The Wisconsin State Fair in 1859 was located in Milwaukee where the Wisconsin Agricultural Society drew thousands of people to the city to look at the exhibits of produce and livestock. The keynote speaker for the fair was none other than Abraham Lincoln, the future president of the United States. During his speech, Abraham Lincoln spoke against the proslavery "mudsill" theory, which asserted that farmers and laborers would always remain on the bottom floor of society. Proponents of the mudsill theory, like South Carolina Senator James H. Hammond, held that the people who control capital will also be above labor for hire or slaves. Proponents of this theory placed free workers in the same class with enslaved people but Lincoln argued that this theory didn't make sense. A farmer is a free laborer, he says, who works with both his hands and his mind. Education is therefore key to keeping up with technological innovations and new techniques in farming, something that the mudsill theory dismisses. The spot where he gave the speech is commemorated with a plaque at the corner of 13th and Wells outside Marquette’s Schroeder Hall.

  • Plaque on the corner of 13th and Wells commemorating Lincoln's speech
    Plaque on the corner of 13th and Wells commemorating Lincoln's speech

Milwaukee in 1859 was chosen to host the Milwaukee State Fair. It had started in 1851 in Janesville and had moved to different locations each year. The fair hosted a number of exhibits on machinery, livestock, and produce. The fair managed to pull in $5,000, which was distributed to the winners of the various competitions being held that day like best swine, biggest poultry, and so on. The State Fair in Milwaukee was notable because the future president of the United States, Abraham Lincoln, gave the keynote speech.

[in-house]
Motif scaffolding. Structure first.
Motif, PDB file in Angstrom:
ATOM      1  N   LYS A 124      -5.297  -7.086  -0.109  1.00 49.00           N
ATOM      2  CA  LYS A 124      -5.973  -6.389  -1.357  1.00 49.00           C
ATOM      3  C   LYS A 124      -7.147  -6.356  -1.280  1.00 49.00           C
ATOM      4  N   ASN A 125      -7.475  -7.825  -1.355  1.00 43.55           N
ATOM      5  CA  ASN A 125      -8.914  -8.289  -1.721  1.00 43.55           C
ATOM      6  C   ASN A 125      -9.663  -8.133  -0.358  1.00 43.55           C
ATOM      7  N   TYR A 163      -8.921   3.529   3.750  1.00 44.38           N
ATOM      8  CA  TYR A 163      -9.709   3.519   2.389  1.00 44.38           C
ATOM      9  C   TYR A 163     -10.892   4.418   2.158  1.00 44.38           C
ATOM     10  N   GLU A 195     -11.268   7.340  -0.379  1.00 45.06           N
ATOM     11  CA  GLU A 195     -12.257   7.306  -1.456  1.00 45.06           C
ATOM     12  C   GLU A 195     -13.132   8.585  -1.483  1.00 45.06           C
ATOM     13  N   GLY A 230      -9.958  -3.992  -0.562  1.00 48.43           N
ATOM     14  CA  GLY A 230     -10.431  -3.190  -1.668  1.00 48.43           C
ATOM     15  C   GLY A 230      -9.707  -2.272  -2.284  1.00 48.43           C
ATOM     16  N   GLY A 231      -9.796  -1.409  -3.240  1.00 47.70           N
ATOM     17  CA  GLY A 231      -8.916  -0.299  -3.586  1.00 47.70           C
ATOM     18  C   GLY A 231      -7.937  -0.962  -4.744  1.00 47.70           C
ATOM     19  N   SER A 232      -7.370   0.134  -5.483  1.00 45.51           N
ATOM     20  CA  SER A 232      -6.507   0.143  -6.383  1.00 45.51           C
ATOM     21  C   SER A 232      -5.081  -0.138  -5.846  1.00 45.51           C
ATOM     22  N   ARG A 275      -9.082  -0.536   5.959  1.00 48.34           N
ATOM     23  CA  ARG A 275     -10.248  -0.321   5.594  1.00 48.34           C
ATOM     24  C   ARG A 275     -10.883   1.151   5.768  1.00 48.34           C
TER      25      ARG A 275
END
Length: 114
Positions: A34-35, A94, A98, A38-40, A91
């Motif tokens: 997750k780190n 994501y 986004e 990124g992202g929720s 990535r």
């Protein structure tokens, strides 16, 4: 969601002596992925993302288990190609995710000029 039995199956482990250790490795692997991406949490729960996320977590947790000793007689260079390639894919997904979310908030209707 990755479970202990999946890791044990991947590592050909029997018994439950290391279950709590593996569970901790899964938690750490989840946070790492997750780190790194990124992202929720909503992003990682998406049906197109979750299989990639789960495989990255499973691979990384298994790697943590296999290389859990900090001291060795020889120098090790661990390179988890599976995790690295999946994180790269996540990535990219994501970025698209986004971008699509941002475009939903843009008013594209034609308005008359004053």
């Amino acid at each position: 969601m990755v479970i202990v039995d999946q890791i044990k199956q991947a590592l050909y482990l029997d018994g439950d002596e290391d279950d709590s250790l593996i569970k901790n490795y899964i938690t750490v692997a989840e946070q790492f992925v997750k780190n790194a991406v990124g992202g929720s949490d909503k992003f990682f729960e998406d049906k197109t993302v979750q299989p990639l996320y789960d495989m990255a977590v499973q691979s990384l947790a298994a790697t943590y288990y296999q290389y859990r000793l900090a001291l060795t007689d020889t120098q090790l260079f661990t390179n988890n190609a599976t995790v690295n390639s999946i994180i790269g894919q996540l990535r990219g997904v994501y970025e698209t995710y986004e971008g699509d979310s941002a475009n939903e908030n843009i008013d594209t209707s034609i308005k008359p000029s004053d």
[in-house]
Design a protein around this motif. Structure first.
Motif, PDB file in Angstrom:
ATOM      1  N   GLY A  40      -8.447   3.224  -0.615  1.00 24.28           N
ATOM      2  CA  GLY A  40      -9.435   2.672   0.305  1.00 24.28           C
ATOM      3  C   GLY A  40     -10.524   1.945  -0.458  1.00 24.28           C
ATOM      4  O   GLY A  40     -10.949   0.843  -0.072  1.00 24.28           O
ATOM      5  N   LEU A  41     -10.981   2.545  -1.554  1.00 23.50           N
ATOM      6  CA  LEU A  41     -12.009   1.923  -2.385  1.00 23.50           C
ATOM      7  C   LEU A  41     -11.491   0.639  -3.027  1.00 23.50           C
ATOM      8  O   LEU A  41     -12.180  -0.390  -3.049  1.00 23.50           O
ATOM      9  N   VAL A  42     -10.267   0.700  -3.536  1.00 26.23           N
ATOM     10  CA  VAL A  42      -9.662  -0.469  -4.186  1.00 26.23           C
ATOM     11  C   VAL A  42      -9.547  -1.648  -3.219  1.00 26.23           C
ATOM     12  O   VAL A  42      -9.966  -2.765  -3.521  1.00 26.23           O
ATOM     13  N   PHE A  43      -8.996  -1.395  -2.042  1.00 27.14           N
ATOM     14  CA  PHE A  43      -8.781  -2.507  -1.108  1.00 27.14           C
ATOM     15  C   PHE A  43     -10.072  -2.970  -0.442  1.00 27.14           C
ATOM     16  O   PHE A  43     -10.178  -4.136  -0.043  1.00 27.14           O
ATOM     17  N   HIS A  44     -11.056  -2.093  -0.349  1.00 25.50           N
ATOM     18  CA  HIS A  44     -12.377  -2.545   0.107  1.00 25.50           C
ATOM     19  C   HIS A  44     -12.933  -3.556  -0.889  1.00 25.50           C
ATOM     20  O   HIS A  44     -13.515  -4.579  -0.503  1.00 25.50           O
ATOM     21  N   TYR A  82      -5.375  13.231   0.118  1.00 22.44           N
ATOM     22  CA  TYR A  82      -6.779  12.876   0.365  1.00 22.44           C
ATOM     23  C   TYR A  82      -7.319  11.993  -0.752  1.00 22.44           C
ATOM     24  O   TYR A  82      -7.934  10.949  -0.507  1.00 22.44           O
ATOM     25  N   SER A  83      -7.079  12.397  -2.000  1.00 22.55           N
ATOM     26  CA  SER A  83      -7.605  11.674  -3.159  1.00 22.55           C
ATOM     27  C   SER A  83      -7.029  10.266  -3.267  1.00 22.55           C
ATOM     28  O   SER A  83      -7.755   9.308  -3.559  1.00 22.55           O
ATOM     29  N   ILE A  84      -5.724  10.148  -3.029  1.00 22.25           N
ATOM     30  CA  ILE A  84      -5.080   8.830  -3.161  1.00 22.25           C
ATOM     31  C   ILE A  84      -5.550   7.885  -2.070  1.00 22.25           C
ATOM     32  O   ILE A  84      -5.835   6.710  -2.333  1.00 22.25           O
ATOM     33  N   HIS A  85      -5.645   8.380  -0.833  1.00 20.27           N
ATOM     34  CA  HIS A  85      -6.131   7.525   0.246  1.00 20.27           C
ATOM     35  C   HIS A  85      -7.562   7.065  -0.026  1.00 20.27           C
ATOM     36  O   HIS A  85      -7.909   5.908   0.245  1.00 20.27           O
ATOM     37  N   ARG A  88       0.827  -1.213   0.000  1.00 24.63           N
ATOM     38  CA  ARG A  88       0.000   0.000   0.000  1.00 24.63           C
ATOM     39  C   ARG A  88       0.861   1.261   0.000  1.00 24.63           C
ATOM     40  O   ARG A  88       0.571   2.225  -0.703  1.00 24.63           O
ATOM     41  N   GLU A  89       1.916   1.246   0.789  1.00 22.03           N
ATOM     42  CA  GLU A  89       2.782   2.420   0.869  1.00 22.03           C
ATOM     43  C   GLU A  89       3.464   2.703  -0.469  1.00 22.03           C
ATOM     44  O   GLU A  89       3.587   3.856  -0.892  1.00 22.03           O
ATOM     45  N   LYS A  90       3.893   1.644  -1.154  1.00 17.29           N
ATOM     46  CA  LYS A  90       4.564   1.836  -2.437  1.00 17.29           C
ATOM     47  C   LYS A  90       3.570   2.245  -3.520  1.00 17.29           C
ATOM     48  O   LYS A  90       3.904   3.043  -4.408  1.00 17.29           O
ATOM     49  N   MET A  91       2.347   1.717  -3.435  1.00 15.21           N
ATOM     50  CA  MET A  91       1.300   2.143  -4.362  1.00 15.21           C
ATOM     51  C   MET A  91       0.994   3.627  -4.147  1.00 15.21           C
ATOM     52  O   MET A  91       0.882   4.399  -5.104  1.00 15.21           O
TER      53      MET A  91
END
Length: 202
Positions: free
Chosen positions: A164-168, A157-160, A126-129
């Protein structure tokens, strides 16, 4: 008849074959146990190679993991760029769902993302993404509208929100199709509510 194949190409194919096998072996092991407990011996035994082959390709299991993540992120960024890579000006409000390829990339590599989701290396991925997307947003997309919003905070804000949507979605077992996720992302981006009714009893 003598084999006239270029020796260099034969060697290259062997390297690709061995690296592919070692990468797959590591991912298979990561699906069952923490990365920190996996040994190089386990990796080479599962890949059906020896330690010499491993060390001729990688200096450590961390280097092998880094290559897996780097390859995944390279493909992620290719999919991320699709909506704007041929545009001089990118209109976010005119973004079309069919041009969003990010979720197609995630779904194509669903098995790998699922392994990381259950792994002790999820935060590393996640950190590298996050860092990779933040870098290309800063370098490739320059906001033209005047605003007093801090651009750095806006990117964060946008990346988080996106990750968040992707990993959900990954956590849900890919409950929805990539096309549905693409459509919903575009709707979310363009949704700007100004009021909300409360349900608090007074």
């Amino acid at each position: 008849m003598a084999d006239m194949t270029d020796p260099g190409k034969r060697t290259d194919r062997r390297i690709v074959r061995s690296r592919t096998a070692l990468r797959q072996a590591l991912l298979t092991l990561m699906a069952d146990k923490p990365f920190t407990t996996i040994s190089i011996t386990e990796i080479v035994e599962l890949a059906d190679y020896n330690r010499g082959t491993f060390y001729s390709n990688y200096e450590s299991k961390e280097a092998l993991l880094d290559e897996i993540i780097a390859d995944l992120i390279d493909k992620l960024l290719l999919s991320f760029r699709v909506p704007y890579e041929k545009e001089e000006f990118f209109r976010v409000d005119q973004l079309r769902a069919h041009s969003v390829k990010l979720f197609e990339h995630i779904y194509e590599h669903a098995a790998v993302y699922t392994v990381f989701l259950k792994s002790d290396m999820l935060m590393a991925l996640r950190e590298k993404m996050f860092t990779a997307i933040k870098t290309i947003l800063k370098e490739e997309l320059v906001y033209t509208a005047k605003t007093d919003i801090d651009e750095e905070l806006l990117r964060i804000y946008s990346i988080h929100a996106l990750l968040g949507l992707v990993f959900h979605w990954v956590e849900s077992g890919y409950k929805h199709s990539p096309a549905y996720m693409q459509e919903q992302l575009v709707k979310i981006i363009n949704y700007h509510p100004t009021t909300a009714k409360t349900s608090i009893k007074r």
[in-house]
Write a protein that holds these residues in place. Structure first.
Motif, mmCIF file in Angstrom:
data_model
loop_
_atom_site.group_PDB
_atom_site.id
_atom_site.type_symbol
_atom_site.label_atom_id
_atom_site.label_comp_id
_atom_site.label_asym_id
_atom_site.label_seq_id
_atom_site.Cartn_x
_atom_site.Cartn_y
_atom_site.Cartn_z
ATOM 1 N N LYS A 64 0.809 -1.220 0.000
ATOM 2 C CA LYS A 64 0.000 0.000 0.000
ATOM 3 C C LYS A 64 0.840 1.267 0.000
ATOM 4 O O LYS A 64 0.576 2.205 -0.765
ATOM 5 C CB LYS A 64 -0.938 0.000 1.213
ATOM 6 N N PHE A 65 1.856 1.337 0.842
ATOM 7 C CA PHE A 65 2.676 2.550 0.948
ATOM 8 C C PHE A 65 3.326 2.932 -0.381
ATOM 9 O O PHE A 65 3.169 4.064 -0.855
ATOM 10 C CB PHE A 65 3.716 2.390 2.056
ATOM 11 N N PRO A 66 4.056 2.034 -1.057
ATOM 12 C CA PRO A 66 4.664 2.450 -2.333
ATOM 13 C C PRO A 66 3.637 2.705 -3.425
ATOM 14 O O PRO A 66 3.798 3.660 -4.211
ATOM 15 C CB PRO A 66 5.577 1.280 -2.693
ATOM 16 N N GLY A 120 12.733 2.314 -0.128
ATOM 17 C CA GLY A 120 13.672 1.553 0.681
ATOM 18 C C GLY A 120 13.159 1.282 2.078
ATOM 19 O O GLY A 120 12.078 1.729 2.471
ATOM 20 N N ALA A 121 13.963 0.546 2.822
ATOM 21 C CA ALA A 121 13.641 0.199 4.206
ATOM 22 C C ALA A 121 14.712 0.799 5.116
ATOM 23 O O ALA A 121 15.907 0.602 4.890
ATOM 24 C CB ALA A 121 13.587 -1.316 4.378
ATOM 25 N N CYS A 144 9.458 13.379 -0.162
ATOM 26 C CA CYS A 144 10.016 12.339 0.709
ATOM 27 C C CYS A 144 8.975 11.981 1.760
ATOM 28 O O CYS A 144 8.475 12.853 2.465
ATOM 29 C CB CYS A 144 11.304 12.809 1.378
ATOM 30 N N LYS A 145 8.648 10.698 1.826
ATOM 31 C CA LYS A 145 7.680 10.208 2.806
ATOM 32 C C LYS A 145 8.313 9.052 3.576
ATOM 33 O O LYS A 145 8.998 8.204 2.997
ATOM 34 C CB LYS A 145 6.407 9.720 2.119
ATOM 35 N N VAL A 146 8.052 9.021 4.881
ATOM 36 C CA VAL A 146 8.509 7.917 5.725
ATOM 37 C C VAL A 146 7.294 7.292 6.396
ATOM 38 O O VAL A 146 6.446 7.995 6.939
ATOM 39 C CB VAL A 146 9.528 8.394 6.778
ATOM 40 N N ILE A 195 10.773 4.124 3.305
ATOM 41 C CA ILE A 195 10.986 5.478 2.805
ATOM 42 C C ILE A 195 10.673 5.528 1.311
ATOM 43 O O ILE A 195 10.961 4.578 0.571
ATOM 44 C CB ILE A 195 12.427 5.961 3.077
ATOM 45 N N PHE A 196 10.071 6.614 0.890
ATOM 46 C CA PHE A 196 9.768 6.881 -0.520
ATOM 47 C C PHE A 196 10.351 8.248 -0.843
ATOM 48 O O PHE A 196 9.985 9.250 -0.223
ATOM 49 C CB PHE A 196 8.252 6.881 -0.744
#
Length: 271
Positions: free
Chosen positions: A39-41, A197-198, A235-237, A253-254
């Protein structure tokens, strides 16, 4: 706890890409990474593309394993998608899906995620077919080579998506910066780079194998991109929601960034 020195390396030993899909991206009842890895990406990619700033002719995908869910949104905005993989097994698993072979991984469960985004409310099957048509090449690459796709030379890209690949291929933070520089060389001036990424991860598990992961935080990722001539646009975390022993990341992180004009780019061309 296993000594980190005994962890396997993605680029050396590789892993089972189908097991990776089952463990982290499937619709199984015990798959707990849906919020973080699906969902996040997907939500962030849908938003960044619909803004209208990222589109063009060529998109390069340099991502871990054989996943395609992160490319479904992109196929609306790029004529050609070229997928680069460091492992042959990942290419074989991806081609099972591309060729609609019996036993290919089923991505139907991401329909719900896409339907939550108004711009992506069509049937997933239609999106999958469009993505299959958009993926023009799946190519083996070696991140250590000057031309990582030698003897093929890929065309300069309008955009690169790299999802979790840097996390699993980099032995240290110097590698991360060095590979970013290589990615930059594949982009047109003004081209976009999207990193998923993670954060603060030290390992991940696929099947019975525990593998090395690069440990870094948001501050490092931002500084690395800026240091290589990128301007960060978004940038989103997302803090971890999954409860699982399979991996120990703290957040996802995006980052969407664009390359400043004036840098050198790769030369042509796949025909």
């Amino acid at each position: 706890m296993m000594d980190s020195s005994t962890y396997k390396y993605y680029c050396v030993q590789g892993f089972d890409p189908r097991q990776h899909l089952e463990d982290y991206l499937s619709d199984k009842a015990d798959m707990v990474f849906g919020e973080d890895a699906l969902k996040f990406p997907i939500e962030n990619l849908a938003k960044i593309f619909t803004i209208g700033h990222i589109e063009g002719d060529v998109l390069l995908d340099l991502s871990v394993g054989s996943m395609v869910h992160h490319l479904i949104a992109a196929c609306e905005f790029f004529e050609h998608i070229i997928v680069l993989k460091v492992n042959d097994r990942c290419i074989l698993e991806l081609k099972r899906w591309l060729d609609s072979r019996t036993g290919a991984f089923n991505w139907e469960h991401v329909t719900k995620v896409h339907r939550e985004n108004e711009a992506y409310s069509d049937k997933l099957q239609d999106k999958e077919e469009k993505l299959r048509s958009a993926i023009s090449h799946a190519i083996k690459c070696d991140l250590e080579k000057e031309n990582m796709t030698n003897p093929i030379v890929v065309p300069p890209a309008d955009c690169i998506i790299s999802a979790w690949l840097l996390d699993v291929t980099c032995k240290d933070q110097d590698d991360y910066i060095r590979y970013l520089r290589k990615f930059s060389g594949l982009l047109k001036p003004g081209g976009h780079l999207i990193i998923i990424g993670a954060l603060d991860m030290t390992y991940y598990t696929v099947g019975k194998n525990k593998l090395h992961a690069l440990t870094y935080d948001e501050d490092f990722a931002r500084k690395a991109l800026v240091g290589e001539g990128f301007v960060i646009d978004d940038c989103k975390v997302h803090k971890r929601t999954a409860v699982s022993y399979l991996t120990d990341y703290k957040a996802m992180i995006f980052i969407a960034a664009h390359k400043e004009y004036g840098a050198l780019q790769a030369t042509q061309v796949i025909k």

In the first half of the speech, Lincoln spoke about the farmer’s ability to make do with what little he had and how new technology would help him produce more crops. Then he spoke about a prevailing social theory at that time, the mudsill theory. The theory states nobody works for free and that those with capital control people like hired laborers and slaves. Proponents of this social theory would place the farmer in the lowest level because they only see the world as those who have capital and those who must work for it. Abraham Lincoln denied that this theory had any merit. Lincoln says those who espouse this theory don’t recognize that there are people outside labor for hire or slaves. He said only look at the free laborer in the United States like the farmer. The free laborer must be both good with his hands and his mind. That’s why, Lincoln said, education is so important. Through cultivated thought and hard labor, the farmer finds both profit and pleasure in what he does. Lincoln said, “I know nothing so pleasant to the mind, as the discovery of anything which is at once new and valuable – nothing that so lightens and sweetens toil, as the hopeful pursuit of such discovery.” The spot where Lincoln gave his speech is located on the corner of 13th and Wells near Marquette University’s Schroeder Hall